Spending cuts are the weapon of choice for balancing the federal budget. Seventy-four percent of Pennsylvania’s delegation to the 2012 Republican National Convention favors spending cuts only to reduce the deficit. Another 26% support a combination of spending cuts and tax hikes. Not a single respondent supported only raising taxes to reduce the deficit. There is also strong opposition to raising the U.S. government’s debt ceiling. Ninety-six percent oppose raising it. Unanimity among the delegates was also achieved on the issue of allowing younger Americans to invest a portion of their Social funds in personal savings accounts outside the current Social Security system, with 100% in agreement. Sixty-seven percent think Social Security will be around for future generations of Americans, but with substantial changes. Thirty-four percent believe the system is headed for bankruptcy.
Seventy percent of the delegation supports term limits on members of Congress, while 30% oppose term limits. A sizable majority of the delegation, 81%, also believes that earmarks, or specific spending directed by Members of Congress, are wasteful spending. Twenty-three percent feel earmarks are an appropriate way to allocate funds.
The Lincoln Institute of Public Opinion Research also asked the Delegates and Alternate Delegates to the 2012 Republican National Convention their views on a range of state issues.
On the subject of taxes, 58% said that the state personal income tax rate is too high, 39% say it is about right, and 6% say personal income tax rates are too low. However, 92% of the respondents said business taxes are too high, and 8% said they are about right. Nobody thought business taxes were too low. Seventy-five percent said they would not support an increase in the state gasoline tax to fund infrastructure (highway) improvements. Twenty-five percent would back higher taxes for that purpose. Sixty-percent also oppose an increase in vehicle registration and/or driver license fees for highway improvements. Forty percent said they could support increasing fees for such a purpose.
Seventy-one percent of the delegation said they feel the property tax-based system currently utilized by school districts, counties and local government to fund services is unfair to most segments of their community. Twenty-nine percent see property taxes as fair. Fifty percent of the delegates/alternate delegates participating in the poll said they would favor a more broad based state sales tax at the current rate as a means of replacing real estate or property taxes. Twenty-six percent said they would support replacing property taxes with a combination of local sales and earned income taxes while 18% percent would back local sales taxes only. Another 13% would support increasing the state sales tax rate to replace property taxes.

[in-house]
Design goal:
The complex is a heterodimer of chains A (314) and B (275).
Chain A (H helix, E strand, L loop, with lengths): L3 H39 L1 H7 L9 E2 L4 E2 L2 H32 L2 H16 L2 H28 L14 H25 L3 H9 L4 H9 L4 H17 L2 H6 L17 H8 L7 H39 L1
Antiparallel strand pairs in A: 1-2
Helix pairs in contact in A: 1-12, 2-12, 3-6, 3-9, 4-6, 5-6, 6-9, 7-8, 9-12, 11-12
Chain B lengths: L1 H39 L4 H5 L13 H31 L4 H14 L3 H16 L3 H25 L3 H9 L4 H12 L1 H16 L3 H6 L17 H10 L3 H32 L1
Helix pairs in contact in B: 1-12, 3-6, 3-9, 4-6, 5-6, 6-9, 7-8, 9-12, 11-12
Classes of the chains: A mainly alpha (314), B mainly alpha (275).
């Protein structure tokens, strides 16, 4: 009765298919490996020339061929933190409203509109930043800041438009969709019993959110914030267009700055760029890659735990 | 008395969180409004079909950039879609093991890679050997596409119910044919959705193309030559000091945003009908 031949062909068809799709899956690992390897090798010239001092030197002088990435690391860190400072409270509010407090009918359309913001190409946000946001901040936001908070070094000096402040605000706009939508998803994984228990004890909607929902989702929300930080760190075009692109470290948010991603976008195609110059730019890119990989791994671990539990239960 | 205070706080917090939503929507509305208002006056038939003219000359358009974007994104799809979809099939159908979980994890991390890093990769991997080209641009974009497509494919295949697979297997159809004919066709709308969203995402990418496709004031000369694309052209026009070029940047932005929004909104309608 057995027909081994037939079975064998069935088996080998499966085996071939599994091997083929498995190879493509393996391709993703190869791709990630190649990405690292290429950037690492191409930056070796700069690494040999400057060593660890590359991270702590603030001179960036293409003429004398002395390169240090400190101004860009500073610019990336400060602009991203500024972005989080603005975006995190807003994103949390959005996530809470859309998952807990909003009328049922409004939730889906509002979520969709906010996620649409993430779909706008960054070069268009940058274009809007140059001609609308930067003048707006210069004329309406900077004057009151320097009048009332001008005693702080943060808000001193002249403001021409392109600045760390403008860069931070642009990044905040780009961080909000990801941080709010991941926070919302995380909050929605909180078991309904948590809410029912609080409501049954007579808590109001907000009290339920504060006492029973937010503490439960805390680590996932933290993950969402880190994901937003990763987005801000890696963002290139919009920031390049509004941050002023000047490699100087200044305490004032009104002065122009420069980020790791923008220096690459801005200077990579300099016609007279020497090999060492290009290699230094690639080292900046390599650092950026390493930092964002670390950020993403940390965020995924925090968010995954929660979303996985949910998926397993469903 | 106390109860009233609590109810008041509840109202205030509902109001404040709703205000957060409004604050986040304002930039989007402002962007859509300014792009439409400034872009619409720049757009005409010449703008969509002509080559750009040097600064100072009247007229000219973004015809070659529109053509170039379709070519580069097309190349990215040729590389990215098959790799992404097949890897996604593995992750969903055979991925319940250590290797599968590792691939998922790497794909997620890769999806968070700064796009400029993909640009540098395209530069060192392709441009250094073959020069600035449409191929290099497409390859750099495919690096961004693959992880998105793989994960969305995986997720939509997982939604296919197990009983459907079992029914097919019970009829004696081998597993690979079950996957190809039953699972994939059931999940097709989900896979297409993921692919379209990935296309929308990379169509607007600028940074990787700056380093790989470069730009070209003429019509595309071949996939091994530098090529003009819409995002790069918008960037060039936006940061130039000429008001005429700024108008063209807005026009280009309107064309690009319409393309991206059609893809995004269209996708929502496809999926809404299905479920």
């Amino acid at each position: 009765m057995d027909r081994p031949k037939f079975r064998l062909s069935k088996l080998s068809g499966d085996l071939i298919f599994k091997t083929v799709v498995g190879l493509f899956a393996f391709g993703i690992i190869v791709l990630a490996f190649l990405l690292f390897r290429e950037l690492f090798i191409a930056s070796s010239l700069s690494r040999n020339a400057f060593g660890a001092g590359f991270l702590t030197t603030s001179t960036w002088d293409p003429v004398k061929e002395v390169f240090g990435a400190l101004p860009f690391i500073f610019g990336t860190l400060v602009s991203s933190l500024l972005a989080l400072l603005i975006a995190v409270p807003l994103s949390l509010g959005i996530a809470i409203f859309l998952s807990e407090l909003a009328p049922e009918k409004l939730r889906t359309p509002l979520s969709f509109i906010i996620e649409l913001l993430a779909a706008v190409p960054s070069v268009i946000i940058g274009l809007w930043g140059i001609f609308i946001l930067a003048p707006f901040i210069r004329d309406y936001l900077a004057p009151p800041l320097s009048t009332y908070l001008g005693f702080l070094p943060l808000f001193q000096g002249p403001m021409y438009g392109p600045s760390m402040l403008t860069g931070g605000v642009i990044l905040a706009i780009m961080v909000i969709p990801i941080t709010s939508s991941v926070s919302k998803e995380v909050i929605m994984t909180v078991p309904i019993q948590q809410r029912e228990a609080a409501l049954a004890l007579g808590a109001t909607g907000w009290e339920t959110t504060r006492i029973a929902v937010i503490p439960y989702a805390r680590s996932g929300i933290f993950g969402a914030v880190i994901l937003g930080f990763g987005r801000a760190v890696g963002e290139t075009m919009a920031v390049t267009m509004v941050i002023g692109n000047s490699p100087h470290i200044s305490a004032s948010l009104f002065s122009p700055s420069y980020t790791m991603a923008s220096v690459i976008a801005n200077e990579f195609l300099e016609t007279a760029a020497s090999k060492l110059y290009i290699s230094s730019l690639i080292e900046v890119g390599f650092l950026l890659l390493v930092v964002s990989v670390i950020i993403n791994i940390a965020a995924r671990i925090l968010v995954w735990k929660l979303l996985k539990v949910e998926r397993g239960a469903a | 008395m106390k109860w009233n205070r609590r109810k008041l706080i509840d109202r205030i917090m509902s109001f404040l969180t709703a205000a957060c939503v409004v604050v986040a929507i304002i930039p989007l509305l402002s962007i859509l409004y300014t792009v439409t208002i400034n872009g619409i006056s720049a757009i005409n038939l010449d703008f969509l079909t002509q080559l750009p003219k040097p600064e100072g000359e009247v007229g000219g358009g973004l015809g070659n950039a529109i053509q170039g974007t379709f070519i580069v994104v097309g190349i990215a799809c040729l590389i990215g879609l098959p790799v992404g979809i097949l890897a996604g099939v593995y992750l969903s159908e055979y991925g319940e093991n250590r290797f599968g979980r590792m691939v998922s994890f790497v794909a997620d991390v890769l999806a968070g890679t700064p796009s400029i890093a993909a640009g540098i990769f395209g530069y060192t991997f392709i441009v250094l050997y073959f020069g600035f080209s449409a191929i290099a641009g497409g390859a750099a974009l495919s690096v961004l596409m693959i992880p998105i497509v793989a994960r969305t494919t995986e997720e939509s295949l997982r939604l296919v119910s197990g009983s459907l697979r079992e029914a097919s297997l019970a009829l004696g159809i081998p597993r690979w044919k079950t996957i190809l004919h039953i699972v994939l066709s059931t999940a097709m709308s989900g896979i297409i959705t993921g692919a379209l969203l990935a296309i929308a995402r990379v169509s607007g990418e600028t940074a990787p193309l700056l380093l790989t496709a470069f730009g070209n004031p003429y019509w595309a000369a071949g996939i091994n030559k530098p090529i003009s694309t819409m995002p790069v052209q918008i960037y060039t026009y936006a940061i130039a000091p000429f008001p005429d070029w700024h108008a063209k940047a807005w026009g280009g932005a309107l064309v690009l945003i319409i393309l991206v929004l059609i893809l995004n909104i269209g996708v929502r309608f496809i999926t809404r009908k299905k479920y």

In terms of public education; 65% of the delegation feel the Corbett Administration’s cuts in K-12 public education are about right; 19% say they are not deep enough and 17% say the cuts are too deep. Eighty-six percent of the delegation supports the concept of school choice when that involves giving vouchers or grants so that students can attend a public school in a district other than their own.
There is also concern over the level of the Commonwealth’s indebtedness. Ninety-six percent of the state’s delegation to the 2012 Republican National Convention believes the commonwealth’s debt load is currently too high. Another four percent say debt levels are about right. When it comes to Pennsylvania’s general fund budget, 63% say overall state spending is too high, 35% believe it is about right, and 2% say it is too low.
Labor power issues have been at the top of the agenda in many states. Ninety-six percent of Pennsylvania’s national convention delegates and alternates support enactment of a Right to Work law, meaning that a worker cannot be fired or kept from having a job for either joining or not joining a labor union. Eighty percent support a ban on allowing public school teachers to strike.
Finally, there was unanimous opinion behind a proposal to privatize the state’s liquor store system. Eighty-four percent of the delegation strongly supports such a ban, with 16% somewhat in favor.
When asked their political ideology, not a single member of the Pennsylvania Delegation to the Republican National Convention admitted to being a liberal, with just one claiming to be a moderate. Ninety-eight percent of the delegation labeled themselves conservative, with 58% saying there are very conservative.
The Lincoln Institute of Public Opinion Research, Inc. conducted its survey of Delegates and Alternate Delegates to the 2012 Republican National Convention electronically from August 14, 2012 thru August 22, 2012. A total of 56 members of the delegation participated in the poll. Complete numeric results are available on-line at www.lincolninstitute.org